Abstract Phragmotic or “door head” ants have evolved independently in several ant genera across the world, but in Africa only one case has been documented until now. Carebara elmenteitae (Patrizi) is known from only a single phragmotic major worker collected from sifted leaf-litter near Lake Elmenteita in Kenya, but here the worker castes of two species collected from Kakamega Forest, a small rainforest in Western Kenya, are studied. Phragmotic major workers were previously identified as Carebara elmenteitae and non-phragmotic major and minor workers were assigned to Carebara thoracica (Weber). Using evidence of both morphological and next-generation sequencing analysis, it is shown that phragmotic and non-phragmotic workers of the two different species are actually the same and that neither name – Carebara elmenteitae or Carebara thoracica – correctly applies to them. Instead, this and another closey related species from Ivory Coast are both morphologically different from Carebara elmenteitae, and thus they are described as the new species Carebara phragmotica sp. n. and Carebara lilith sp. n. PMID:26487817

  6. Two new phragmotic ant species from Africa: morphology and next-generation sequencing solve a caste association problem in the genus Carebara Westwood.

    PubMed

    Fischer, Georg; Azorsa, Frank; Garcia, Francisco Hita; Mikheyev, Alexander S; Economo, Evan P

    2015-01-01

    Phragmotic or "door head" ants have evolved independently in several ant genera across the world, but in Africa only one case has been documented until now. Carebara elmenteitae (Patrizi) is known from only a single phragmotic major worker collected from sifted leaf-litter near Lake Elmenteita in Kenya, but here the worker castes of two species collected from Kakamega Forest, a small rainforest in Western Kenya, are studied. Phragmotic major workers were previously identified as Carebara elmenteitae and non-phragmotic major and minor workers were assigned to Carebara thoracica (Weber). Using evidence of both morphological and next-generation sequencing analysis, it is shown that phragmotic and non-phragmotic workers of the two different species are actually the same and that neither name - Carebara elmenteitae or Carebara thoracica - correctly applies to them. Instead, this and another closey related species from Ivory Coast are both morphologically different from Carebara elmenteitae, and thus they are described as the new species Carebara phragmotica sp. n. and Carebara lilith sp. n. PMID:26487817

  7. Ant- and Ant-Colony-Inspired ALife Visual Art.

    PubMed

    Greenfield, Gary; Machado, Penousal

    2015-01-01

    Ant- and ant-colony-inspired ALife art is characterized by the artistic exploration of the emerging collective behavior of computational agents, developed using ants as a metaphor. We present a chronology that documents the emergence and history of such visual art, contextualize ant- and ant-colony-inspired art within generative art practices, and consider how it relates to other ALife art. We survey many of the algorithms that artists have used in this genre, address some of their aims, and explore the relationships between ant- and ant-colony-inspired art and research on ant and ant colony behavior. PMID:26280070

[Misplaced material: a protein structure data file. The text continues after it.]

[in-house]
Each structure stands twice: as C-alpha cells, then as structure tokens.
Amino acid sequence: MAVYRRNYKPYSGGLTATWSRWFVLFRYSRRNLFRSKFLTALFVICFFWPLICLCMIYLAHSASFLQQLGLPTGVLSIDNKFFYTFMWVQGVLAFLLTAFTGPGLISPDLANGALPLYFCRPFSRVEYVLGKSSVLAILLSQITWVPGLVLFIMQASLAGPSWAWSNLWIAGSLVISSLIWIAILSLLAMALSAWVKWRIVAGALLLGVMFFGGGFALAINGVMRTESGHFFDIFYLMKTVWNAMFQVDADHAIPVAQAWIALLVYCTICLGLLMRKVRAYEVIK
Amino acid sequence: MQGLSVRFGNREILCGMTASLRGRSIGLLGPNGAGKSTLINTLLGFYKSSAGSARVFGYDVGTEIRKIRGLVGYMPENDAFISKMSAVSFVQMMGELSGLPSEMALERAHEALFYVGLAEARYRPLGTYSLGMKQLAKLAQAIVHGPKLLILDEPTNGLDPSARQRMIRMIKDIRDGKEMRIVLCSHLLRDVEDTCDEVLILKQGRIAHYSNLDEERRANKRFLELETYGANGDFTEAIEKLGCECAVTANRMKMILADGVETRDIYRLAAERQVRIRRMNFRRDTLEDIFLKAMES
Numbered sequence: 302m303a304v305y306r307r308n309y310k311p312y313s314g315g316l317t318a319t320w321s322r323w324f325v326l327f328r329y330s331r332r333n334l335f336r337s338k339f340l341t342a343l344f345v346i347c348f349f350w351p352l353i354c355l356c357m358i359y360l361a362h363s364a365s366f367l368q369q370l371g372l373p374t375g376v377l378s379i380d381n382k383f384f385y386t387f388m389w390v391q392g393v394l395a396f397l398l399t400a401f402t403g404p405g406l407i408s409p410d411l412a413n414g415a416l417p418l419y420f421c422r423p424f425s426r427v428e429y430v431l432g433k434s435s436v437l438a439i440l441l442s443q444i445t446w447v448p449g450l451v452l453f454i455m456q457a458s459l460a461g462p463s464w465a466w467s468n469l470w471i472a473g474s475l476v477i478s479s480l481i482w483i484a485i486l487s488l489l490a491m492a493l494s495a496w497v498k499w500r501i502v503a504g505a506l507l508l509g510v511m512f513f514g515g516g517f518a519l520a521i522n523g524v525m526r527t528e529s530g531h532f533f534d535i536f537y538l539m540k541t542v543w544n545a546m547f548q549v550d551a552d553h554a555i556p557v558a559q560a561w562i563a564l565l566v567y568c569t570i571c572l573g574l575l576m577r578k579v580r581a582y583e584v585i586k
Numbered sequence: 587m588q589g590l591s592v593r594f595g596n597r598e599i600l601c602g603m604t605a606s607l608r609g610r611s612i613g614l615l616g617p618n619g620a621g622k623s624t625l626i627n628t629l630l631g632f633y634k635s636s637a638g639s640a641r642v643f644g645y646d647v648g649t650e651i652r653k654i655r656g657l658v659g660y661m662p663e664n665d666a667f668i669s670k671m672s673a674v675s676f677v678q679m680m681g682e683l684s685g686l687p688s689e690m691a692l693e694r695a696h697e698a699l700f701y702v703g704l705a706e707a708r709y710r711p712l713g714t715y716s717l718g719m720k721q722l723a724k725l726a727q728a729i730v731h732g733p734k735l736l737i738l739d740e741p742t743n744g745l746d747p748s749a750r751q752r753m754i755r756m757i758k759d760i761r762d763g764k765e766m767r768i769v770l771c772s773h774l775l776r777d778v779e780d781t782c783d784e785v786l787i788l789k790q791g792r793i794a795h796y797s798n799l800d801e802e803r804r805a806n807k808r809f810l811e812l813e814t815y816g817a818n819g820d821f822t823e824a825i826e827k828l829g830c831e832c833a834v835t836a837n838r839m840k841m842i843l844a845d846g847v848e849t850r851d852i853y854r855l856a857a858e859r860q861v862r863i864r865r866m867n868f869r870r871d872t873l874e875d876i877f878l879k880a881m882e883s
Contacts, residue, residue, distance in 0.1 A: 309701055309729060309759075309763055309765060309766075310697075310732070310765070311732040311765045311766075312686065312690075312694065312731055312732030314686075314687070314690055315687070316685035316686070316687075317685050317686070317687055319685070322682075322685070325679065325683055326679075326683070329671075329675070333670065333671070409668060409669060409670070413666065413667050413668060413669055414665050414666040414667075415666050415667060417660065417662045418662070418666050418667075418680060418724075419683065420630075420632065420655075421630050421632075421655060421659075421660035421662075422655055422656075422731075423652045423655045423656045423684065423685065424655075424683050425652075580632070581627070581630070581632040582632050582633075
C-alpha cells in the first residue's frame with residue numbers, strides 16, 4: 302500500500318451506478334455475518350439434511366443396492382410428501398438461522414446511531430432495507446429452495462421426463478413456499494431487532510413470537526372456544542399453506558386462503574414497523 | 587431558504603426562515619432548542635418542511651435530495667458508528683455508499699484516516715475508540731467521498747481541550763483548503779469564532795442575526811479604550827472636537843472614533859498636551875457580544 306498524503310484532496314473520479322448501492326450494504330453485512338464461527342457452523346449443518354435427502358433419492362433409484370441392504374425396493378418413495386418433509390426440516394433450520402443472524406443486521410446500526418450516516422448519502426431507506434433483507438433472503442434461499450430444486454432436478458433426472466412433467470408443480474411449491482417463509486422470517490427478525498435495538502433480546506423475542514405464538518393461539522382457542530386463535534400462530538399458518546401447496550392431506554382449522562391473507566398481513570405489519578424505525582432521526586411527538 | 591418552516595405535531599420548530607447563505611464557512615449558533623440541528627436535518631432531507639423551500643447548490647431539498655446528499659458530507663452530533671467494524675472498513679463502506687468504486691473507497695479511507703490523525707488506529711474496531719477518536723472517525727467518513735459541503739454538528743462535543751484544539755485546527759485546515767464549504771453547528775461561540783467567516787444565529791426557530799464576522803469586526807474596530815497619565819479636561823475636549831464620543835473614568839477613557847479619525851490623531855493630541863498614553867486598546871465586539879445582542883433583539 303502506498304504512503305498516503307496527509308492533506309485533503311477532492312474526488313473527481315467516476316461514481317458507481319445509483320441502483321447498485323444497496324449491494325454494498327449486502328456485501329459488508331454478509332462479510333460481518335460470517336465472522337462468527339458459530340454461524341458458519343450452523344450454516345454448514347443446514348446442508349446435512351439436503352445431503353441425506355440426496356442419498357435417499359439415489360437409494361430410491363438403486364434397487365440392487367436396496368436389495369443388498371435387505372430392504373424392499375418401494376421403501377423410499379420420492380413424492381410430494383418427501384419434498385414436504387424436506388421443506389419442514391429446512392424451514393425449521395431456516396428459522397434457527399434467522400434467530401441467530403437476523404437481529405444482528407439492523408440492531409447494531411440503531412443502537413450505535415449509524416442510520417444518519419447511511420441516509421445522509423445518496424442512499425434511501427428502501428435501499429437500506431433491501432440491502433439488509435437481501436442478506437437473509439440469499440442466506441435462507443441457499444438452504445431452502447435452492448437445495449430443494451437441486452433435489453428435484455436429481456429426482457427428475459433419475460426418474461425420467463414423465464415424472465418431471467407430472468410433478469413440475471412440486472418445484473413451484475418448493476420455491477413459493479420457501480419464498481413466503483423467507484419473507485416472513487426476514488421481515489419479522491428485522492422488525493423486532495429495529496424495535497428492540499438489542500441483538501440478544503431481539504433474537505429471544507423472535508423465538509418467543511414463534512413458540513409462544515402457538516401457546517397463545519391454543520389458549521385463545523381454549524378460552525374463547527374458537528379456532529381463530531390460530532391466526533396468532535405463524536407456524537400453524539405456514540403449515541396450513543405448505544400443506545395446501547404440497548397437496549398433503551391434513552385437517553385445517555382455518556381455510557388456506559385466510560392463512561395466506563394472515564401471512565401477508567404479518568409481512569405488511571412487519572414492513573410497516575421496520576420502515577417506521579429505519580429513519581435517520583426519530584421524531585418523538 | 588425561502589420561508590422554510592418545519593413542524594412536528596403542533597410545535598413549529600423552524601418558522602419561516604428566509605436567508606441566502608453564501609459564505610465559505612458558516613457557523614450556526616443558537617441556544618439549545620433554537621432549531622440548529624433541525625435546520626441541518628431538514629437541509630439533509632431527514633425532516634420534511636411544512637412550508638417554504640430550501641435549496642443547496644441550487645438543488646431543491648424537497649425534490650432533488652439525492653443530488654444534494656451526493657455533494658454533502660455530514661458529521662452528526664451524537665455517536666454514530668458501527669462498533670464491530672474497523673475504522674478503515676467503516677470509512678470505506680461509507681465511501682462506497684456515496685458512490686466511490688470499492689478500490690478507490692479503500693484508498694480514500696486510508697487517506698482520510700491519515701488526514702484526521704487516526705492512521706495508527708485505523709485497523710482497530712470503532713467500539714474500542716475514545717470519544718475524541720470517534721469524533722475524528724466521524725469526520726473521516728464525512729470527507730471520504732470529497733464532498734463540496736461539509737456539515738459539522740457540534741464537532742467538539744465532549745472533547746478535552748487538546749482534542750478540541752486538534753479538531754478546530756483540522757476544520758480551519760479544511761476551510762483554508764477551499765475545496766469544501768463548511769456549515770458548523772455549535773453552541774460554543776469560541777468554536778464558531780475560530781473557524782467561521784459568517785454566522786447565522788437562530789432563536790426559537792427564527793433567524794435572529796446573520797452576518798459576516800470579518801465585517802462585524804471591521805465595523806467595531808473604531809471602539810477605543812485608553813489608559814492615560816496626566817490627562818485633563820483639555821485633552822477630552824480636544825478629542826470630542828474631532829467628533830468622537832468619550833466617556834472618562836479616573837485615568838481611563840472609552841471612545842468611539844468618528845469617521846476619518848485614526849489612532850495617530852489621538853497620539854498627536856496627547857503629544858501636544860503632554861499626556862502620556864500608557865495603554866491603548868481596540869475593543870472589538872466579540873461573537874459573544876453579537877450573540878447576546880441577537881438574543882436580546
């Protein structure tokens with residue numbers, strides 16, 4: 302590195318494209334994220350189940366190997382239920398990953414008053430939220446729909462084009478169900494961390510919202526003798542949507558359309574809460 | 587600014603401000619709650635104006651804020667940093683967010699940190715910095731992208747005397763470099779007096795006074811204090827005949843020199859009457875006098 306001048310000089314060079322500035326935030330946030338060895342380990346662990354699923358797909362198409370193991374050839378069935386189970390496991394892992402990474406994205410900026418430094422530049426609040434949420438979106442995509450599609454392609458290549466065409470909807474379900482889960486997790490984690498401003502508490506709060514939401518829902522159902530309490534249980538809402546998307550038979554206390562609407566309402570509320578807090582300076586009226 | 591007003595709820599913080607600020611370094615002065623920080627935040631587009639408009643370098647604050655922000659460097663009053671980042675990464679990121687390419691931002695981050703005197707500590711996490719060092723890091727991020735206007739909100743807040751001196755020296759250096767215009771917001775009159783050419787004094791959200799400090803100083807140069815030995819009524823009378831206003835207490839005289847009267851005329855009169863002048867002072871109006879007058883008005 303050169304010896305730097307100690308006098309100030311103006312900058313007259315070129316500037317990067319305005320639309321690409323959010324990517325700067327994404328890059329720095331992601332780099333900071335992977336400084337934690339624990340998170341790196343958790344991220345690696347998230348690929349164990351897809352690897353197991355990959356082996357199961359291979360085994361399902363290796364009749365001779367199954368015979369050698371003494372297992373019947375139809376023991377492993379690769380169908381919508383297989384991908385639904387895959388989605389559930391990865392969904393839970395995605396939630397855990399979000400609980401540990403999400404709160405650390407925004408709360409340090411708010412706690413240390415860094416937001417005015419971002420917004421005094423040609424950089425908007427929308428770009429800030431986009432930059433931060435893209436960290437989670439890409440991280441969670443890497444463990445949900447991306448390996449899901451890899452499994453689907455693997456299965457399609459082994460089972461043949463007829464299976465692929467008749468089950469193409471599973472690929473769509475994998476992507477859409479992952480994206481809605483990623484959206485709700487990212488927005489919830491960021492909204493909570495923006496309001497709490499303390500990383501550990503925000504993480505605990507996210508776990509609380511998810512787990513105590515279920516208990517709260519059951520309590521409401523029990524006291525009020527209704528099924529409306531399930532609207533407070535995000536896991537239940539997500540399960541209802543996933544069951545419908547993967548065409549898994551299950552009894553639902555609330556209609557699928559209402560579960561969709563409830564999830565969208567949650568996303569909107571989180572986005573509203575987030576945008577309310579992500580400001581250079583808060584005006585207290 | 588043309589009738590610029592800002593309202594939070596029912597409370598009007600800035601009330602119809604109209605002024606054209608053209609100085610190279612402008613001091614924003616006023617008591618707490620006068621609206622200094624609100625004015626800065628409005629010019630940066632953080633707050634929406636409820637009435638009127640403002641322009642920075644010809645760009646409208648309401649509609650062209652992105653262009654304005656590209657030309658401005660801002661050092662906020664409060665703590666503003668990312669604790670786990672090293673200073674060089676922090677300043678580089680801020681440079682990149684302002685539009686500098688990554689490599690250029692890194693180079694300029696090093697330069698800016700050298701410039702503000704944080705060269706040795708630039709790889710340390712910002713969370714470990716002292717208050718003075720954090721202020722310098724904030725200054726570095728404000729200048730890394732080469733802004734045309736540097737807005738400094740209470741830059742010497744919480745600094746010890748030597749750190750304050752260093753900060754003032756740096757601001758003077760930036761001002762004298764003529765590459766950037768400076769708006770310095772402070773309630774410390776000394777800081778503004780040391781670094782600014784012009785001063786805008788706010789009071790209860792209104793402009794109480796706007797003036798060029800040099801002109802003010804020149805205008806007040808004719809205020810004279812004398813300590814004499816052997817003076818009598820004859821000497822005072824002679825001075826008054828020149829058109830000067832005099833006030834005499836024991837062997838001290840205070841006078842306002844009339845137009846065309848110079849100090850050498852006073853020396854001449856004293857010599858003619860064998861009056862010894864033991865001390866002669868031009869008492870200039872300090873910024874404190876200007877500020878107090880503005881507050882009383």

8. Caribbean Crazy Ants and their look-alikes in Florida

    Technology Transfer Automated Retrieval System (TEKTRAN)

    The Caribbean crazy ant (Nylanderia pubens) continues to grow as a nuisance pest problem in Florida. Homeowners and pest management professionals alike have difficulty in controlling the huge populations that can occur on infested properties. Key to dealing with any pest ant problem is to identify...

  9. Acoustic communication by ants

    NASA Astrophysics Data System (ADS)

    Hickling, Robert

    2002-05-01

    Many ant species communicate acoustically by stridulating, i.e., running a scraper over a washboard-like set of ridges. Ants appear to be insensitive to airborne sound. Consequently, myrmecologists have concluded that the stridulatory signals are transmitted through the substrate. This has tended to diminish the importance of acoustic communication, and it is currently believed that ant communication is based almost exclusively on pheromones, with acoustic communication assigned an almost nonexistent role. However, it can be shown that acoustic communication between ants is effective only if the medium is air and not the substrate. How, then, is it possible for ants to appear deaf to airborne sound and yet communicate through the air? An explanation is provided in a paper [R. Hickling and R. L. Brown, ``Analysis of acoustic communication by ants,'' J. Acoust. Soc. Am. 108, 1920-1929 (2000)]. Ants are small relative to the wavelengths they generate. Hence, they create a near field, which is characterized by a major increase in sound velocity (particle velocity of sound) in the vicinity of the source. Hair sensilla on the ants' antennae respond to sound velocity. Thus, ants are able to detect near-field sound from other ants and to exclude extraneous airborne sound.